Women’s history is, unsurprisingly, at the forefront of many of the historical narratives: from equal access to education and “the deadly time ruled by their blood” that preceded the legalisation of contraception to the facilitating of backstreet abortions being likened to the Resistance of World War 2 and the revolution of May ’68, Ernaux brings to life a specifically female experience of “the years”. These are underlined by a gritty realism, however, as May ’68 is described as neither as momentous nor as glorious as the recurrent camera images, and Ernaux notes that “the struggle of women sank into oblivion. It was the only struggle that had not been officially revived in collective memory.” The Years helps to combat this, reviving the struggle of women in a conscious contribution to collective memory, and an attempt to allow a generation to own its collective history.

“Just as her older relatives used to gather around the family table to eat and to share memories that became their version of history, now it is Ernaux’s turn – and with her, her generation – to ‘tell the story of the time-before.’”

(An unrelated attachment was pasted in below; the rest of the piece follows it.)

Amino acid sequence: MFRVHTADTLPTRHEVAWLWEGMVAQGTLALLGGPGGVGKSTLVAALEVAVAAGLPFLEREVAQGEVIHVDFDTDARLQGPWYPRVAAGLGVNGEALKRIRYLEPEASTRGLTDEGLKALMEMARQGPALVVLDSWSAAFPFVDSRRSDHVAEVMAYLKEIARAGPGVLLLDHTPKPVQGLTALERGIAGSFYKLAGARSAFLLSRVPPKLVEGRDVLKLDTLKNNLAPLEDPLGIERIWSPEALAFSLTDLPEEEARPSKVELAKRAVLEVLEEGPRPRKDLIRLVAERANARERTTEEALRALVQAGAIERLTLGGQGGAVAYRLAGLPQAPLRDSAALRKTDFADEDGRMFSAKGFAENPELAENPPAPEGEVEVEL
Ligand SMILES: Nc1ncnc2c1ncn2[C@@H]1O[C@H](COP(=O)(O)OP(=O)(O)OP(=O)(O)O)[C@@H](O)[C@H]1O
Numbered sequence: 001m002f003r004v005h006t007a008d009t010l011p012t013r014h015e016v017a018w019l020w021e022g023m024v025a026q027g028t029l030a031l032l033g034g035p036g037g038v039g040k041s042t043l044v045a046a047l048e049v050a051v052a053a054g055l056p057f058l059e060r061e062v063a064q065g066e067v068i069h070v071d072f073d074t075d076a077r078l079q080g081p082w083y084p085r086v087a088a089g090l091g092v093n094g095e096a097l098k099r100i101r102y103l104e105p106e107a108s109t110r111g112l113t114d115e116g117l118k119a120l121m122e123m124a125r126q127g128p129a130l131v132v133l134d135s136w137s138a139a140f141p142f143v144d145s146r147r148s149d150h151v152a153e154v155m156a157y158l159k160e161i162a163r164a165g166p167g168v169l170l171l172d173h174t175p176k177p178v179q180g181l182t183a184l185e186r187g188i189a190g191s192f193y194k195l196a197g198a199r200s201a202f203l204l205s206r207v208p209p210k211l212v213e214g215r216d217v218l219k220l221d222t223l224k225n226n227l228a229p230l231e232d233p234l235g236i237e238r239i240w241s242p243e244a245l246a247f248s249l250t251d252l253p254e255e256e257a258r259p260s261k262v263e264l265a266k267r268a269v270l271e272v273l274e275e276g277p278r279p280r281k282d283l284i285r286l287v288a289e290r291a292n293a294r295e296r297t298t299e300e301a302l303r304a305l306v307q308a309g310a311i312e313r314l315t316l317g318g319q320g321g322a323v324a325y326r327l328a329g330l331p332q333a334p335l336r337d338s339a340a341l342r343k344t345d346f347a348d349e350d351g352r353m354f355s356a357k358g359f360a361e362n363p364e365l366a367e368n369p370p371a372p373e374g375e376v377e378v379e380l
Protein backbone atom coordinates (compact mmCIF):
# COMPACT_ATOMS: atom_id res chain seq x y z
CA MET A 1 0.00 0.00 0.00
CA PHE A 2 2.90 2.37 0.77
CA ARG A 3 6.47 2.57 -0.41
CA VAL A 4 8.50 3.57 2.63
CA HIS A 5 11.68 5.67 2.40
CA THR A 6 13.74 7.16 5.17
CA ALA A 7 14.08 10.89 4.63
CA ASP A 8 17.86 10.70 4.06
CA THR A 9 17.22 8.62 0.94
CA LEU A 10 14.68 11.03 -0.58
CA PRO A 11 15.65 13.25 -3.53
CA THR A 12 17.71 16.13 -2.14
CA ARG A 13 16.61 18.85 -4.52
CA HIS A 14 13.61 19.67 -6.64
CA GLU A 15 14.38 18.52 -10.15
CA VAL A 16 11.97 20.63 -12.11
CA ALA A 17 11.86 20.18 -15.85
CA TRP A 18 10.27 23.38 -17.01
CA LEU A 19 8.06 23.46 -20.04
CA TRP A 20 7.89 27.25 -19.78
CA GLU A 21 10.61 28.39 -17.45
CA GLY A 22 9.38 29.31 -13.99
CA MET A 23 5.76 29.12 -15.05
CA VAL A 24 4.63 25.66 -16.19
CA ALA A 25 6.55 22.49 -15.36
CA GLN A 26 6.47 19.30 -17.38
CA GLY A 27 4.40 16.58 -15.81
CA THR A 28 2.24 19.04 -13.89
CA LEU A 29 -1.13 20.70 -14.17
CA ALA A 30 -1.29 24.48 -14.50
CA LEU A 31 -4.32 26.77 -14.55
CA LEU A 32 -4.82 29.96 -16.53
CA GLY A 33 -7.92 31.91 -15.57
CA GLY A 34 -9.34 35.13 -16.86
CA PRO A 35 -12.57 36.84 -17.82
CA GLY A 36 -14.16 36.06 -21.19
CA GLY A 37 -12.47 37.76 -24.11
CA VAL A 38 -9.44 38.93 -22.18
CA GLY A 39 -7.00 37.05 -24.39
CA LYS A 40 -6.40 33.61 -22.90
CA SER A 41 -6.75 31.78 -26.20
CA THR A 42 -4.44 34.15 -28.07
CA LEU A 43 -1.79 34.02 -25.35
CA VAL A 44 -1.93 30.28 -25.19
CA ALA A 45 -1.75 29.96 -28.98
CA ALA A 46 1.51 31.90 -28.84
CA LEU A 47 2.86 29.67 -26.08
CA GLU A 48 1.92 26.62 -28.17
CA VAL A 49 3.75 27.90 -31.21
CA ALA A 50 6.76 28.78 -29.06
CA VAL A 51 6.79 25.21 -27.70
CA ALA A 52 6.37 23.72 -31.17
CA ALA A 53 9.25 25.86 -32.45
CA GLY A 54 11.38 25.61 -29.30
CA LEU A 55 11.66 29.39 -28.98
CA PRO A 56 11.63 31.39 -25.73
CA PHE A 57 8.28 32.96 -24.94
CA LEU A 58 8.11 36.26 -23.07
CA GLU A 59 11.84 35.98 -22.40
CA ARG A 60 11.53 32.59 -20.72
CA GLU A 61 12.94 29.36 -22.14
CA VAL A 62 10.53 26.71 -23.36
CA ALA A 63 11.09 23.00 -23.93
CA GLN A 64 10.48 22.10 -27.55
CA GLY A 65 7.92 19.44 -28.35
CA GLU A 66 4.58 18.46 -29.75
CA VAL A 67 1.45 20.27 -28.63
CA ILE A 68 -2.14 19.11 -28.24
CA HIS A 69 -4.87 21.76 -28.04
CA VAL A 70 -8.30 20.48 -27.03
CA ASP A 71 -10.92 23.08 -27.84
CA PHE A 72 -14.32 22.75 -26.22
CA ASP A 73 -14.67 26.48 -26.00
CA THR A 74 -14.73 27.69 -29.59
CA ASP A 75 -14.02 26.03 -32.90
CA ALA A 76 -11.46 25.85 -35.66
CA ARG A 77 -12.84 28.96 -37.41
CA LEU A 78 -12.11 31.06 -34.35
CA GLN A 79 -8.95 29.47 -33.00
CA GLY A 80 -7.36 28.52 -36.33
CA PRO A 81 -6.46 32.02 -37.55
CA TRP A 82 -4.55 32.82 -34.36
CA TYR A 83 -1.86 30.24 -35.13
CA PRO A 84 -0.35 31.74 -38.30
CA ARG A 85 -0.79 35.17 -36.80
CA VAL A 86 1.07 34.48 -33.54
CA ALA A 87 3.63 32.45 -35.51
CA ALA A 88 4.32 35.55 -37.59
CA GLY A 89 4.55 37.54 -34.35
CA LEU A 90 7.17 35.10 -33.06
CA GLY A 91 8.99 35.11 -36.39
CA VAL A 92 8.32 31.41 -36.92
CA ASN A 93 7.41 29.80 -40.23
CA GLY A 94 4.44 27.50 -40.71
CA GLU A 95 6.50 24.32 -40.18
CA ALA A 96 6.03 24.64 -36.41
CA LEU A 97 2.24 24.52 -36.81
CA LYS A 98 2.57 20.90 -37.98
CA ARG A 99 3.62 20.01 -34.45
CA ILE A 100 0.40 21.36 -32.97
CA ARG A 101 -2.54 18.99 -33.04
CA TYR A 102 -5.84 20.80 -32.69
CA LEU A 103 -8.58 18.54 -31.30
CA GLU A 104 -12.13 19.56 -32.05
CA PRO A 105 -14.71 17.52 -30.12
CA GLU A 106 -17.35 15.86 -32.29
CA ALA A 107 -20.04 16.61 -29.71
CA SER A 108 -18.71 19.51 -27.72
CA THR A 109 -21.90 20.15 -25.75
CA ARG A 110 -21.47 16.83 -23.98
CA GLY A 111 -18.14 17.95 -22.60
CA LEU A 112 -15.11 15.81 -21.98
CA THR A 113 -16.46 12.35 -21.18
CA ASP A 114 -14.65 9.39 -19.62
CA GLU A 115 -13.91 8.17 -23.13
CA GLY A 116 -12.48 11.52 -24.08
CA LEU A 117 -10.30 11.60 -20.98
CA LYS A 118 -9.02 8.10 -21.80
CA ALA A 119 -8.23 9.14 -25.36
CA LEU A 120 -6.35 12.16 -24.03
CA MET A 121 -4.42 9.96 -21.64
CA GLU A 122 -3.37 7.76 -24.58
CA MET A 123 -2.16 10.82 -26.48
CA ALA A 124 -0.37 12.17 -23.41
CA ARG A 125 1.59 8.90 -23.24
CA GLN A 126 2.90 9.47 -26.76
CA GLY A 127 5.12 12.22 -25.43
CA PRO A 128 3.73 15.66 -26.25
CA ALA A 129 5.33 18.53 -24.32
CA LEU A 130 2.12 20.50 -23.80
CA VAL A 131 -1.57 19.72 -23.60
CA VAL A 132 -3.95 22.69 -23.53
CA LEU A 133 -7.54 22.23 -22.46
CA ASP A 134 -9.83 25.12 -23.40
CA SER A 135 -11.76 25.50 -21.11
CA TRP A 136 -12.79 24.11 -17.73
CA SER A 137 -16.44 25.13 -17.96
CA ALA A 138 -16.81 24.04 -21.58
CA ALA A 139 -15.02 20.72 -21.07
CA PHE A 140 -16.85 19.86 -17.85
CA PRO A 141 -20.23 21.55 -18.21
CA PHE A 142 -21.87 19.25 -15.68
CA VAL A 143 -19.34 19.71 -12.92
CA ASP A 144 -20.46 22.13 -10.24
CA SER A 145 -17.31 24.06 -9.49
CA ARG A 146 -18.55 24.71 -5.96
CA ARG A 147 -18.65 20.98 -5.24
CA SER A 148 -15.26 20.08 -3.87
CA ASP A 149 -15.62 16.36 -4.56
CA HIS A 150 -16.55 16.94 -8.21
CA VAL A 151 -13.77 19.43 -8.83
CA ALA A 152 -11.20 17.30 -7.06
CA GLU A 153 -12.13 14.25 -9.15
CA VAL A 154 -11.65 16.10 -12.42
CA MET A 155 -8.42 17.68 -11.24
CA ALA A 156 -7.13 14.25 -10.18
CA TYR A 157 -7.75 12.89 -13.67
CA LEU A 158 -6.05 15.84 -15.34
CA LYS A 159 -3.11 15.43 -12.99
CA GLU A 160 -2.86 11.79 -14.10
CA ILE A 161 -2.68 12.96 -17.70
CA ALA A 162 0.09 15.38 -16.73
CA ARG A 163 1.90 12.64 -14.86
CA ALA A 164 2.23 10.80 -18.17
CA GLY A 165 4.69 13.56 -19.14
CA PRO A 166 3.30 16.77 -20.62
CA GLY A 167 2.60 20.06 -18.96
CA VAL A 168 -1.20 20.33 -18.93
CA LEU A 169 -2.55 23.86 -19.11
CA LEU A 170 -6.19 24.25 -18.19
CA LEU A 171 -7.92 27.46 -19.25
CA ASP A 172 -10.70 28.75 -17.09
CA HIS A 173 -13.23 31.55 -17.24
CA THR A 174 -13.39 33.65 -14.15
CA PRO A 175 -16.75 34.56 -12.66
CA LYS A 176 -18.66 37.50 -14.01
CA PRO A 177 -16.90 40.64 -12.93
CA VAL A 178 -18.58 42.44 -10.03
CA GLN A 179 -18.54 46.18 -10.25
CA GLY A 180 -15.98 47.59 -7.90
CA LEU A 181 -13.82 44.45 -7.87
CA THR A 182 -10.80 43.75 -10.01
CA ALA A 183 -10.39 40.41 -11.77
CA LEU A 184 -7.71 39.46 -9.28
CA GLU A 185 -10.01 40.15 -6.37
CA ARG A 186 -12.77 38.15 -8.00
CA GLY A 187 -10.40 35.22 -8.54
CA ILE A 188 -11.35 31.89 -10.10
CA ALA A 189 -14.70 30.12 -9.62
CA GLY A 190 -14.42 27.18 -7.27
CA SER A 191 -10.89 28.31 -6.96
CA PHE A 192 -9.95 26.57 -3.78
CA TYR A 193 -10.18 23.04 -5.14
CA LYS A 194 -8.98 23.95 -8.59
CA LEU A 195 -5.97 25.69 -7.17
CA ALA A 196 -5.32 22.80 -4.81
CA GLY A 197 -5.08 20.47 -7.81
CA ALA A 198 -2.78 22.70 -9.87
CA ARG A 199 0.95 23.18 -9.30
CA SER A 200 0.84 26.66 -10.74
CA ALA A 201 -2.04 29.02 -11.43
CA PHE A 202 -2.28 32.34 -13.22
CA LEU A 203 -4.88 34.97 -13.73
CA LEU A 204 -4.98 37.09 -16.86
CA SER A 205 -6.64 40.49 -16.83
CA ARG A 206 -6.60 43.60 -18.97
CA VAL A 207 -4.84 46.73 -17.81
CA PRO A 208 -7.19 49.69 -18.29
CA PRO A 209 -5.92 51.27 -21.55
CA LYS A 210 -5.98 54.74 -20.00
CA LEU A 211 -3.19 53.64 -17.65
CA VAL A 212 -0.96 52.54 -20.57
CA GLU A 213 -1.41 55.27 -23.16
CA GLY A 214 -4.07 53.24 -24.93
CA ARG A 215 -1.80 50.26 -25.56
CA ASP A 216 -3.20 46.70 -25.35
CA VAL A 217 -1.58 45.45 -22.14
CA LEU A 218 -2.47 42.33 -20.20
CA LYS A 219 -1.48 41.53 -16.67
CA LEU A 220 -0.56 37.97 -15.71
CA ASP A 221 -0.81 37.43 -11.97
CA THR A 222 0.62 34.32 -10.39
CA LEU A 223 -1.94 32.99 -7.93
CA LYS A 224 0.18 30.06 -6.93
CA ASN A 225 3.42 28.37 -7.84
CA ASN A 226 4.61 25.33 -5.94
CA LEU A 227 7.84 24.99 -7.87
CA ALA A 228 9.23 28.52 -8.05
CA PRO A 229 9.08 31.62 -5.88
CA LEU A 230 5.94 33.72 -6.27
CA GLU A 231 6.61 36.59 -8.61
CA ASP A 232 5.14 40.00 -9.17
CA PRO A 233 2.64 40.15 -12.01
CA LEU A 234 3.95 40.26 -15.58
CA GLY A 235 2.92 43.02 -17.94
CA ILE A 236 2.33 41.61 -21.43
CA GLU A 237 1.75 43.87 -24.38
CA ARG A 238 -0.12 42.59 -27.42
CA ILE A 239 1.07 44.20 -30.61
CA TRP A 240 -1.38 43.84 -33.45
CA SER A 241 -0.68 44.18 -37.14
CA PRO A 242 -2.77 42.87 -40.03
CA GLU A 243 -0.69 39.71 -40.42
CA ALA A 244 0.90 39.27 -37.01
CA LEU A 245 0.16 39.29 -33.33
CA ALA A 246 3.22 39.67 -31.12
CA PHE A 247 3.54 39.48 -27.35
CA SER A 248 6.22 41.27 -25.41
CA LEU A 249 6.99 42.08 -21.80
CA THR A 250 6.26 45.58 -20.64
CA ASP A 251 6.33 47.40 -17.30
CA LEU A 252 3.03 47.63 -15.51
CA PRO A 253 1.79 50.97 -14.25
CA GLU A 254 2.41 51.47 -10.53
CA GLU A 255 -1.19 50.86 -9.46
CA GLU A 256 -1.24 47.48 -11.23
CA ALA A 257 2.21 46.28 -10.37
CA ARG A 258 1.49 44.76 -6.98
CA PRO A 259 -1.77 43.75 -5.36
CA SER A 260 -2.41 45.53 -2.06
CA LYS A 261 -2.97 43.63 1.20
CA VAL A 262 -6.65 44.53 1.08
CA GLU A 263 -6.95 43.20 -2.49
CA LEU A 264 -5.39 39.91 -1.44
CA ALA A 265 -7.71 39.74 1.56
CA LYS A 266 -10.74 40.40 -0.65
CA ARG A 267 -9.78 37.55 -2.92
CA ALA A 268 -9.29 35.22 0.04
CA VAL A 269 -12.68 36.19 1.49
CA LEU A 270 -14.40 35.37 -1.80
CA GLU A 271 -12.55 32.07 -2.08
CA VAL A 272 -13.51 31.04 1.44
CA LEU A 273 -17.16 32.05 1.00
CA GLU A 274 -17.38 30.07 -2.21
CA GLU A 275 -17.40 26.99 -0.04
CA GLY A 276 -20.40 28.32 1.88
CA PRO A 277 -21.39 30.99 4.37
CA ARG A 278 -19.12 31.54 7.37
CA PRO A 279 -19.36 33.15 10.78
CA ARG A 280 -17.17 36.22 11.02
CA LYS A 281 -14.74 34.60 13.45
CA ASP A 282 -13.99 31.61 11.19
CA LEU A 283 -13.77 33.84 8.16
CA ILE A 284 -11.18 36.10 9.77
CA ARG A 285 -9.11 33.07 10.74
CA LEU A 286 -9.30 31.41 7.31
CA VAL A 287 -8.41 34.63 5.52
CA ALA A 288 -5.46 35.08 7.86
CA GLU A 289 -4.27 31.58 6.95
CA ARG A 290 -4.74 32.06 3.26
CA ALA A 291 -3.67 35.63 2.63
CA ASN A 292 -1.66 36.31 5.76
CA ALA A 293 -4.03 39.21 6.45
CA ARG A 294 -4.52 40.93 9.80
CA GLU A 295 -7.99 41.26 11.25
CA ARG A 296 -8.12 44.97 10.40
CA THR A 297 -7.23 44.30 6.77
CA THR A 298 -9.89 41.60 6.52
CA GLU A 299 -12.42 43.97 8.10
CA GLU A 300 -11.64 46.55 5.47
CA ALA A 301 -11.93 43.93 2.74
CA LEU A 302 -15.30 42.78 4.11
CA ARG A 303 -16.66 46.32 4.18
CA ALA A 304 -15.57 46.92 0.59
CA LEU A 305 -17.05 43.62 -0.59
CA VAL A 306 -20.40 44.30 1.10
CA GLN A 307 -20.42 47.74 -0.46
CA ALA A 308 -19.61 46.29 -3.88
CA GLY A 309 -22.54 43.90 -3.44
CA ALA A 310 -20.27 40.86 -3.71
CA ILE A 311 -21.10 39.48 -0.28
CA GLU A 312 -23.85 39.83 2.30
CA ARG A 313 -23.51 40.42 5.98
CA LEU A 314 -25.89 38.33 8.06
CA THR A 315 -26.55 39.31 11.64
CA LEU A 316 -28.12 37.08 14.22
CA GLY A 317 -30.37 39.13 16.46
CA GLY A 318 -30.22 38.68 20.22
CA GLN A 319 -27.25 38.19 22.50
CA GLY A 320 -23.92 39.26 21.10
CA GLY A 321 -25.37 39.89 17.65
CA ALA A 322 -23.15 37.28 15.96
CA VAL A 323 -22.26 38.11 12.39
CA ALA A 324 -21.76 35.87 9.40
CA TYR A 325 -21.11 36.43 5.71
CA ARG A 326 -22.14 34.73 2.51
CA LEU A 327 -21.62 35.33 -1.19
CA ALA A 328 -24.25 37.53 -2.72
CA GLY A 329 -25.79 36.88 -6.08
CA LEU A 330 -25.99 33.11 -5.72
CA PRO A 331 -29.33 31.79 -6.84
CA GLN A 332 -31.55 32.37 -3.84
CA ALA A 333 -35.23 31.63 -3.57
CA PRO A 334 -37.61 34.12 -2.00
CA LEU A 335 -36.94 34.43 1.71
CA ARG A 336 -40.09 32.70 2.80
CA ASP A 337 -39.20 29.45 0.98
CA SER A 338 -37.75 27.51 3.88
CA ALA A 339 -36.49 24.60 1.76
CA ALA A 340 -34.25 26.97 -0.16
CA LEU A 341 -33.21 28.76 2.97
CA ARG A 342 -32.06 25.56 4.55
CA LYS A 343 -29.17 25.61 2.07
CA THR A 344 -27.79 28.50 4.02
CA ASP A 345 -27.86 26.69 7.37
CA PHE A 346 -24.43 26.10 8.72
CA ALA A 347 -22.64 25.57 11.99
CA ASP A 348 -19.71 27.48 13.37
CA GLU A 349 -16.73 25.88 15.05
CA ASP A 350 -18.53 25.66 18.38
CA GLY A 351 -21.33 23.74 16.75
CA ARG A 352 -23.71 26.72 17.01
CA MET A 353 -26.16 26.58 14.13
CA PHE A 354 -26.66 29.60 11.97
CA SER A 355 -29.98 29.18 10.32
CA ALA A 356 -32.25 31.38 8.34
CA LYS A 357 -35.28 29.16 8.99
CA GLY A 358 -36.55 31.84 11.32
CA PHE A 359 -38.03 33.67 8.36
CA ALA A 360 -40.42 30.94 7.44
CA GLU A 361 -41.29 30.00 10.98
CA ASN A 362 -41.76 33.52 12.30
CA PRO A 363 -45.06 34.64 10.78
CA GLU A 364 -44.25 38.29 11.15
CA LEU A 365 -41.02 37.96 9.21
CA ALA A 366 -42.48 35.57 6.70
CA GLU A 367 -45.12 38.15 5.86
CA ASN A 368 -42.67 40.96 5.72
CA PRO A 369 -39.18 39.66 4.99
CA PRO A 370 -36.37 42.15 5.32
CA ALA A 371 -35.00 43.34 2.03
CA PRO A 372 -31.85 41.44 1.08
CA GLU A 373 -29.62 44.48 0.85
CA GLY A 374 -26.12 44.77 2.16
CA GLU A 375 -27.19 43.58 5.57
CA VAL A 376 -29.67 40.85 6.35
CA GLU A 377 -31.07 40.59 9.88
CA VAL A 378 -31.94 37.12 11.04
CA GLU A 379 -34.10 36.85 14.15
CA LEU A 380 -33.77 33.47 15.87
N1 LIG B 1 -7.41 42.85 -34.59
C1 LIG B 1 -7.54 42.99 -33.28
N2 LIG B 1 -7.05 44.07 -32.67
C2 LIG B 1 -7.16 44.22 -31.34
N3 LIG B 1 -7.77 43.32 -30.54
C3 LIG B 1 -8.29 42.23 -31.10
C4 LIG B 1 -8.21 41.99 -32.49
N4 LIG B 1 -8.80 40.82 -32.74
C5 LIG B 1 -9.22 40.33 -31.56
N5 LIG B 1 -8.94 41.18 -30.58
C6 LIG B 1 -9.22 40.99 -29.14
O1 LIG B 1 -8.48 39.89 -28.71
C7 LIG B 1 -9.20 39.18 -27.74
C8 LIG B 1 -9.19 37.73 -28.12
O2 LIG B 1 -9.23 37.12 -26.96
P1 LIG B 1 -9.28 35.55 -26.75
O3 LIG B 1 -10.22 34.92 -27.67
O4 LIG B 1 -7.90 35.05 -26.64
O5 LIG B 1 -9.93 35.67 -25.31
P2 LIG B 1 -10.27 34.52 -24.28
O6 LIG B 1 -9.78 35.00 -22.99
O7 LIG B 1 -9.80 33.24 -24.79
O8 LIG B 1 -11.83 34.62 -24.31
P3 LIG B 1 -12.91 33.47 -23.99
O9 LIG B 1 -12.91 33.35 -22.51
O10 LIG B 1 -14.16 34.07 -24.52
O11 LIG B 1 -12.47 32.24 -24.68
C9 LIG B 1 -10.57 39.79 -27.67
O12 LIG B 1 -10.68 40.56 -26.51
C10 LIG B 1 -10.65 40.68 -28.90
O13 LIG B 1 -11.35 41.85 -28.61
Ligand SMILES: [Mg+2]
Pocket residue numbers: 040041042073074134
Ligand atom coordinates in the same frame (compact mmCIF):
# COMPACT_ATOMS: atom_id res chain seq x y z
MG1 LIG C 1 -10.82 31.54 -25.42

The Years is a book that defies translation: how can we translate a novel that is like a memory box of post-war French culture? Yet we have to try, and that Strayer has produced a page-turning, non-alienating piece of literature is a remarkable feat. There are some minor inconsistencies in the translation, though. For example, song and book titles are sometimes given in French with no footnote, sometimes given in French with a translation in the footnote, and sometimes given in translation. It must have been quite an endeavour for the translator to decide which would be recognisable more universally, and which would not. Radio and television shows are dealt with in the same way: Les Guignols de l’Info is given a footnote, but Allô Macha is not. The quintessentially French “minitel” (a pre-internet information system) is left as “the minitel”, and one footnote makes reference to “an untranslatable fart joke.” Strayer’s approach mostly seems to correspond to Michael Hoffman’s position that “what matters to me[…] is providing an experience, not footnoting one that might have been in had in another language, if only the reader had been conversant in that” – she provides an experience with minimal footnoting, recognising that it will not be the same and that endless footnotes would not make it any more comparable to the original. Though there is the occasional inconsistency or turn of phrase that gave me pause for thought, these are small details in an otherwise beautiful manuscript, that takes Ernaux’s masterpiece and offers it as an experience to a new readership.